No baking class today. Instead, I want to talk about turnips. I saw them at the Green Market last Wednesday, and they looked so fresh and pretty that I had to bring some home with me. It didn't help that Lynda was right there whispering in my ear about how good they were mashed with potatoes. And they had the most beautiful greens, which I am really getting into this season.
We were not a big root vegetable family. In fact, other than carrots and potatoes (do those even count?), the only root vegetable we ate with any regularity was canned beets, which I absolutely hated with a passion exceeded only by my hatred of black-eyed peas (which continues apace).
Until I tasted my first pickled beet (which was the canned beets marinated overnight in a vinegar/salt/sugar mixture with onions). The vinegar brightened up the musky, somewhat earthy taste and completely transformed them into a slightly sweet, slightly tangy salad, served chilled, that complemented the flavor of any meat with which it was served. I still did not like them any other way, but at least I recognized some value to the beet, which developed into a full-blooded passion for them over the past couple of years.
Other than that, we never came into contact with the likes of turnips, rutabagas or parsnips at our dinner table. Oh, I'm sure I must have come across them at some friend's house now or then, but to my knowledge they never passed my lips. Nor would I have wanted them to, given their reputation.
Until I was in my twenties and we were visiting my grandmother in Houston. Her cousin Sylvia brought over a huge salad made with vegetables fresh from her garden, dressed with a tangy home-made honey-mustard vinaigrette. In addition to the easily-recognizable lettuce, cucumbers, tomatoes, carrots, and celery, there were round white thin slices of something that was bigger than a radish, but had a similar consistency. They were milder, and slightly nutty, and I fell in love with them. Imagine my surprise when Cousin Sylvia announced that they were turnips. It immediately changed my opinion of them, and I determined to explore them when I got home.
And promptly forgot about them. Until I saw them at the market last week and (with Lynda's help) brought them home with me. I happened to have potatoes in the pantry, not something I generally keep on hand, so it seemed like fate.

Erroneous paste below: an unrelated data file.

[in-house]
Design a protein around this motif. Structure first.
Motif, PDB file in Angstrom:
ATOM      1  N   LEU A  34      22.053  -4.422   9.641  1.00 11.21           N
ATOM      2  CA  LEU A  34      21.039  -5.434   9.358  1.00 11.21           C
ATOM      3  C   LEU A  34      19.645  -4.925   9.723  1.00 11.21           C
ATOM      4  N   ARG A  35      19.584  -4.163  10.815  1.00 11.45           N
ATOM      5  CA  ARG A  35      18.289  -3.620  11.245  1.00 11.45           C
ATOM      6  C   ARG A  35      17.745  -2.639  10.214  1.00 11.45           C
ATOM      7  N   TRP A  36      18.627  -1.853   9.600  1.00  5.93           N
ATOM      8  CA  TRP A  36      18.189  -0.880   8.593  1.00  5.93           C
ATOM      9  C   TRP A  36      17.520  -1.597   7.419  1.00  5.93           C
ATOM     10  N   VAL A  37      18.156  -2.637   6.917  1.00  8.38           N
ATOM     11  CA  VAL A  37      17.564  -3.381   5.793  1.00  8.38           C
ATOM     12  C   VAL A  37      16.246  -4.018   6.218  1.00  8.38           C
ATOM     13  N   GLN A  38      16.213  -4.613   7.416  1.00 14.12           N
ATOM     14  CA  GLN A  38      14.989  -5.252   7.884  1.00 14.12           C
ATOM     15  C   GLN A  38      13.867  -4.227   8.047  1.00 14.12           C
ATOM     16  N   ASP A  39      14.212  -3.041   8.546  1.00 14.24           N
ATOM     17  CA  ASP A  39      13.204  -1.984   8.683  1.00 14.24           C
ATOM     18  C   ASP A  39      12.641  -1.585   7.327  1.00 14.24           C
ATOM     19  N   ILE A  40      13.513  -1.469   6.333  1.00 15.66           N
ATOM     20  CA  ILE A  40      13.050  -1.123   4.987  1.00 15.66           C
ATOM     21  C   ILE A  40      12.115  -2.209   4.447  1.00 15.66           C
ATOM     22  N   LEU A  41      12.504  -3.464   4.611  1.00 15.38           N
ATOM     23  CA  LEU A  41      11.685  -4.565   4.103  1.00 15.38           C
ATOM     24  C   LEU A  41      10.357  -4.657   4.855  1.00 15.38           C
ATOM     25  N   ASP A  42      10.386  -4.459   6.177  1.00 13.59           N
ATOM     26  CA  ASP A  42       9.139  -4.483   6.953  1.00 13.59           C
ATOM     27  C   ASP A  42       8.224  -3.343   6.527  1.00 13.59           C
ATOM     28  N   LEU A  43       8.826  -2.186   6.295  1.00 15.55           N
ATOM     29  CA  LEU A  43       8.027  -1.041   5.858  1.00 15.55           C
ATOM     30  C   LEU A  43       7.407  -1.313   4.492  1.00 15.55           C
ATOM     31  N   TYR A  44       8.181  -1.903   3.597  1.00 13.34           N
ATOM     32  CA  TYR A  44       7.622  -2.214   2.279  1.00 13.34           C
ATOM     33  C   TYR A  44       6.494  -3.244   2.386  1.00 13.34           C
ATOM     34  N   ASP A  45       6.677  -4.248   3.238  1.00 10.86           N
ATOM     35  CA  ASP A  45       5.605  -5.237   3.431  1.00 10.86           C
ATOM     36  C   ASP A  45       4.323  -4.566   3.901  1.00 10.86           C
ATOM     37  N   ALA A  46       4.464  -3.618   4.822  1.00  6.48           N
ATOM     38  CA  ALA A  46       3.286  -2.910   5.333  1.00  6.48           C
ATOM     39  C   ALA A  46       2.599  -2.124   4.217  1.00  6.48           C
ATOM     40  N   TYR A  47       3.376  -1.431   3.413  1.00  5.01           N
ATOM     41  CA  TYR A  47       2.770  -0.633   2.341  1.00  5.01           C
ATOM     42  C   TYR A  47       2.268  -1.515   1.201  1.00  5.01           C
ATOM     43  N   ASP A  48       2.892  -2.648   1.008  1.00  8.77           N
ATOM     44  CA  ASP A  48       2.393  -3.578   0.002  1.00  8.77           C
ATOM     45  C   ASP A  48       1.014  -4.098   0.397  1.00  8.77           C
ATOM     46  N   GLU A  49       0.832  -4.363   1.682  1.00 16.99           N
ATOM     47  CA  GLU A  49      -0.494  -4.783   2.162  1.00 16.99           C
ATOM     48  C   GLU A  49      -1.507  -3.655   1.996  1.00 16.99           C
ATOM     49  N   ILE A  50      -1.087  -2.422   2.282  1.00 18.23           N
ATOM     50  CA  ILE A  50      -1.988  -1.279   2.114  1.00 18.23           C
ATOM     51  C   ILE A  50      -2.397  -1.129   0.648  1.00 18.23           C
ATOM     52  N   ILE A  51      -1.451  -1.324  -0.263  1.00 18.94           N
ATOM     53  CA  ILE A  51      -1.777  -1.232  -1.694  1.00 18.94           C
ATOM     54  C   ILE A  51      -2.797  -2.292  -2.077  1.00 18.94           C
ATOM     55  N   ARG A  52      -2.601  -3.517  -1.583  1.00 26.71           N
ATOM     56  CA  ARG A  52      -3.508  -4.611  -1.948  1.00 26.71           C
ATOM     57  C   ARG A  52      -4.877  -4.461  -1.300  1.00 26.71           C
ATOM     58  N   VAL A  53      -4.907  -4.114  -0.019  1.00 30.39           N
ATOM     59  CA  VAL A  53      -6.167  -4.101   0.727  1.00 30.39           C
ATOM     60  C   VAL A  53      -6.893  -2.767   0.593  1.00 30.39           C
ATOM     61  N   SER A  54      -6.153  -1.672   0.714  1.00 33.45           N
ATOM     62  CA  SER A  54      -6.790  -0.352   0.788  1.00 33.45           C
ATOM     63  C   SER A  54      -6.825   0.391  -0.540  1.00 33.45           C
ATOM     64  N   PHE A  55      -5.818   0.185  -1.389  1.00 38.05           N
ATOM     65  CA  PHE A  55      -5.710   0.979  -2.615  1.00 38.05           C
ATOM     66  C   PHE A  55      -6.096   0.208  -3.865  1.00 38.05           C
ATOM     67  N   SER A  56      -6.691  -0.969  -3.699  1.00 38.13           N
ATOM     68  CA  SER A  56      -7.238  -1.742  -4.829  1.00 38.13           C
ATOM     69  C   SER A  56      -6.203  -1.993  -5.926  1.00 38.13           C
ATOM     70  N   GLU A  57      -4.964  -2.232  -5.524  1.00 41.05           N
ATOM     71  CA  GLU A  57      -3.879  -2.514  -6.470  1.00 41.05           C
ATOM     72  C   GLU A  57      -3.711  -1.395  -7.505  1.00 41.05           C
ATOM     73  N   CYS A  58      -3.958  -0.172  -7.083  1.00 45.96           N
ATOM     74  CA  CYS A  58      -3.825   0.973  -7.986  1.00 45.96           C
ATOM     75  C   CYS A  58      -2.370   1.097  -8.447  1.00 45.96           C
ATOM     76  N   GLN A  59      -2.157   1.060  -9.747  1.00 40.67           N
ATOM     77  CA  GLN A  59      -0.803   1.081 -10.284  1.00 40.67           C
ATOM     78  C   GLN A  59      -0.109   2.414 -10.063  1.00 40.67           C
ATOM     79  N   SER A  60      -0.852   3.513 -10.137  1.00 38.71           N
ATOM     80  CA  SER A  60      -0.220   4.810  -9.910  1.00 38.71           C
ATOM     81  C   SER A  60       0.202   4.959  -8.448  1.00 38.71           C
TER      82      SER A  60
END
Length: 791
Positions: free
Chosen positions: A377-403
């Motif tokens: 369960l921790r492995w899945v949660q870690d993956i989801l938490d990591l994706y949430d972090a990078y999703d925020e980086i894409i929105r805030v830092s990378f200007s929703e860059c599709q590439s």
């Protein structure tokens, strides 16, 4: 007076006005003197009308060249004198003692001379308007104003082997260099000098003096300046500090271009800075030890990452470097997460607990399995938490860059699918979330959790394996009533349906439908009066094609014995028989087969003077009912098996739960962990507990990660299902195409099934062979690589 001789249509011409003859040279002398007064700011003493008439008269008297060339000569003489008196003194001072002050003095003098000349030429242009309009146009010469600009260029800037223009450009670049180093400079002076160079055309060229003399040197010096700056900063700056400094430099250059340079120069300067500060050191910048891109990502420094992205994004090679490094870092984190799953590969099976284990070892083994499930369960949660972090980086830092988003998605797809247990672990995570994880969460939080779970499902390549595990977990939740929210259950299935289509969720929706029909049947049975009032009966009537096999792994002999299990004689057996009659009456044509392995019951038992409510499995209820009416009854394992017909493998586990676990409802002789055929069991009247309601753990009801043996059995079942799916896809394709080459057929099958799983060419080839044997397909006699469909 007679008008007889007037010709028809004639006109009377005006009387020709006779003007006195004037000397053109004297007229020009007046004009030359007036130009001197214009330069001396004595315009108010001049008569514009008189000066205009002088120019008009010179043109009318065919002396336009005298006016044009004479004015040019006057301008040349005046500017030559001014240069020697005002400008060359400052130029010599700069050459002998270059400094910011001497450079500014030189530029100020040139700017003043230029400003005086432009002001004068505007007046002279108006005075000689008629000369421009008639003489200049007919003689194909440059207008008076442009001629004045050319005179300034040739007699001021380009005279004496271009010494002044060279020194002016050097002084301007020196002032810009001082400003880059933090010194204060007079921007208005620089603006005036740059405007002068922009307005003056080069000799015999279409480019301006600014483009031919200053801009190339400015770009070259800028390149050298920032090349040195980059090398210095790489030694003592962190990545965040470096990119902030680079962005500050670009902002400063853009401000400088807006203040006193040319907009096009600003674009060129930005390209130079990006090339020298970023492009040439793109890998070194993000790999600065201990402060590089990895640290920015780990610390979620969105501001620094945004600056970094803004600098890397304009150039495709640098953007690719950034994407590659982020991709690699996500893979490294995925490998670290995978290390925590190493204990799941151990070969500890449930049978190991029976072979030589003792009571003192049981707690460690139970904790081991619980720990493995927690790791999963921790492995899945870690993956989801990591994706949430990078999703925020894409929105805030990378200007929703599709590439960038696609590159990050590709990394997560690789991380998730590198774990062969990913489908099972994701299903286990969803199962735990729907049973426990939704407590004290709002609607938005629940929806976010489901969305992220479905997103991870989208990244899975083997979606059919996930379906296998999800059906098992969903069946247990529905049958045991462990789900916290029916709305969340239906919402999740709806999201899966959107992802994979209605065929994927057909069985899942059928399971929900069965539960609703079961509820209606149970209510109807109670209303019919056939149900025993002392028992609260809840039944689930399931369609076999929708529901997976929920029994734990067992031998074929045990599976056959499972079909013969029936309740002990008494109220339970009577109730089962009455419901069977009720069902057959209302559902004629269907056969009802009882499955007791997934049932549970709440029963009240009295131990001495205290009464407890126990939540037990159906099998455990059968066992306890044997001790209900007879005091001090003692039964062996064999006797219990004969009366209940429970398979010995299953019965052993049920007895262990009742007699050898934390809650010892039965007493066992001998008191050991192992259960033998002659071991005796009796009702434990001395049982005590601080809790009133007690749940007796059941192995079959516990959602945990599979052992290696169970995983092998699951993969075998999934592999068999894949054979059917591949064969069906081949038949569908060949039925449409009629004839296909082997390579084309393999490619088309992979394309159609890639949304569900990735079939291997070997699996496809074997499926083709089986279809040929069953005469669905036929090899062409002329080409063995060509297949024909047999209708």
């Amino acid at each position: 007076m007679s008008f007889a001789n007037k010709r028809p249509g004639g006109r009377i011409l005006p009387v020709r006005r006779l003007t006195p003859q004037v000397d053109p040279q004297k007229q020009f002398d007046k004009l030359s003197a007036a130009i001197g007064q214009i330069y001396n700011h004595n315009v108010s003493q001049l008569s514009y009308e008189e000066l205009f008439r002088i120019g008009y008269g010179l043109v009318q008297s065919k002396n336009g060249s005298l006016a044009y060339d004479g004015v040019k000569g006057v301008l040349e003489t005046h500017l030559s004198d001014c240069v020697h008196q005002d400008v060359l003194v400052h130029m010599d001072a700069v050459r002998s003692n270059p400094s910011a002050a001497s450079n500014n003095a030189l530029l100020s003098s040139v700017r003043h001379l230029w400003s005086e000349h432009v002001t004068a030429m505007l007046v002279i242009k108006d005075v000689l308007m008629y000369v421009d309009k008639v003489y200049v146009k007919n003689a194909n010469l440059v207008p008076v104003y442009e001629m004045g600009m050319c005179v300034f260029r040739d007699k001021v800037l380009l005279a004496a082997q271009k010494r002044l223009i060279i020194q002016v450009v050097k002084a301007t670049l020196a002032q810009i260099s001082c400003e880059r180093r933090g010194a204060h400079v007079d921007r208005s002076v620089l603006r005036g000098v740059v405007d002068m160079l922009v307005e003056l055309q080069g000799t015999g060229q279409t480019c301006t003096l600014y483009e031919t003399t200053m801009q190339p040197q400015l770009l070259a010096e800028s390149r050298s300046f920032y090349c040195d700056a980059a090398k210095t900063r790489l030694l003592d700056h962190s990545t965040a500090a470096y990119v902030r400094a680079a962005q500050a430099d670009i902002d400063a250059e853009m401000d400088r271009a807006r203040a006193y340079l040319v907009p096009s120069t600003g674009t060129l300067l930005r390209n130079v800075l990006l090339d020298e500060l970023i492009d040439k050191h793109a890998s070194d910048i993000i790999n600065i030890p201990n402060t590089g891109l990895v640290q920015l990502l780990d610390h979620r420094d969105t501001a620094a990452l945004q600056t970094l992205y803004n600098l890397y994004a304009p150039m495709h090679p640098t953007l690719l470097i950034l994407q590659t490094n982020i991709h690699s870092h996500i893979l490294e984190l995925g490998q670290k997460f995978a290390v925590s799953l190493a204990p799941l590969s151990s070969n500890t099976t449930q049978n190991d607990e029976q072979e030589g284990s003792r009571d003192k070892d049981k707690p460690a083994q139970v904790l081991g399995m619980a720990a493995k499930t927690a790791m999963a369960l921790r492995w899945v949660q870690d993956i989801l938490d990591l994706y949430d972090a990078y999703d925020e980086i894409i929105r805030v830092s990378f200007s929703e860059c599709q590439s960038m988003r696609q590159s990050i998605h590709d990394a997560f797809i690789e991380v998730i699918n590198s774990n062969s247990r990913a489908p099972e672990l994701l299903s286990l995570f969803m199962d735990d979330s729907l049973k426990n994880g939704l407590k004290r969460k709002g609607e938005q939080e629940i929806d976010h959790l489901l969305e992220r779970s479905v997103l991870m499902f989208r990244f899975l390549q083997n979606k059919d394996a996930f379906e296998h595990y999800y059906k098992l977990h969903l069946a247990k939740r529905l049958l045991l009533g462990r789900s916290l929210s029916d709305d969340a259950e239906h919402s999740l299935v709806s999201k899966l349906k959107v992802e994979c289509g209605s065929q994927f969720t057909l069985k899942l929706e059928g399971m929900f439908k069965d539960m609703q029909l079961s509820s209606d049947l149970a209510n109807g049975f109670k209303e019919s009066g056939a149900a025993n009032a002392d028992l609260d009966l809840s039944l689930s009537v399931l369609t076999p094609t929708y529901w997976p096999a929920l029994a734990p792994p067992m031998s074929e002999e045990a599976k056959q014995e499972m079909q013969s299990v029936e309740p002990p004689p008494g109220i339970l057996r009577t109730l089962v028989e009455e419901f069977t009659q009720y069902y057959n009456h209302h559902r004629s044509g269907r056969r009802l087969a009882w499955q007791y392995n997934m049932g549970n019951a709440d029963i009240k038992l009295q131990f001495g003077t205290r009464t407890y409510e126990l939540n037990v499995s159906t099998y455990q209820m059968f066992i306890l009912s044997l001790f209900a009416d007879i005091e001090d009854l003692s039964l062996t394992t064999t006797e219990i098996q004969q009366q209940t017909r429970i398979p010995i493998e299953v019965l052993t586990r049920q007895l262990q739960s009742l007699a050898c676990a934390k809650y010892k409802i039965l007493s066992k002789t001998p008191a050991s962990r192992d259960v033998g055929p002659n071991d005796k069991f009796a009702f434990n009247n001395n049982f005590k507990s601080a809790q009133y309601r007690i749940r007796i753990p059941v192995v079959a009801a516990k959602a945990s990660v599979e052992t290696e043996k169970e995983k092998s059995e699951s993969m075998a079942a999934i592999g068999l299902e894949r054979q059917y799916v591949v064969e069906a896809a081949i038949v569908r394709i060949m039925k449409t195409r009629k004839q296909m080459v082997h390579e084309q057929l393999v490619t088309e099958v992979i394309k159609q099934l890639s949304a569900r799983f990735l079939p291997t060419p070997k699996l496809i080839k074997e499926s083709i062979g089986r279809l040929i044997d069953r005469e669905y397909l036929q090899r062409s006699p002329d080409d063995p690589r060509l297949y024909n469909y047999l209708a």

I looked up several recipes and techniques for making mashed turnips and potatoes. In my searching, I discovered that it's a Scottish dish called Clapshot. Although there seems to be some confusion (on my part, at least) over whether Clapshot uses turnips or rutabaga. Some recipes that I saw called for turnips and some called for Swedish turnips or swedes, which is rutabaga. I don't think it matters much, and for my purposes the turnips worked out just fine.
So fine, in fact, that I have discovered a new love. The turnips add a light, slightly nutty flavor to the potatoes, and they also lighten up the texture. As you can see in the picture above, they are light and fluffy. And very white
I love mashed potatoes, but I have found a new love in Clapshot. And I found I didn't have to use as much liquid (read milk and butter) as I do when I'm mashing potatoes all by themselves. And it's quick and easy, too. At only thirty minutes from start to finish, this would make a brilliant side dish to any meal.
Home Cookin Chapter: My RecipesCLAPSHOTMakes 4 servings
3 medium turnips, peeled and cubed
1 large russet or red potato, cubed
salt and pepper to taste
1/4 cup milk
1/8 cup cream (optional)
1-2 Tbsp butter
1 Tbsp finely chopped fersh parsley, for garnish
Place turnips and potatoes in saucepan and add cold water just enough to cover. Bring to a boil and remove any scum that forms on the top. Lower heat and cook at a simmer until tender, about 15-20 minutes.
Drain the water, and return the pan with the turnips and potatoes to the burner, leaving it on low heat to get rid of any excess moisture, shaking the pan often to keep the turnips and potatoes from burning.
Remove pan from heat. Add milk, cream and butter and mash with a potato masher. Adjust amounts of milk, cream and butter to taste. Add salt and pepper to taste.
If not serving immediately, keep warm or reheat just before serving.
Garnish with parsley just before serving.
Exported from Home Cookin 5.7 (www.mountain-software.com)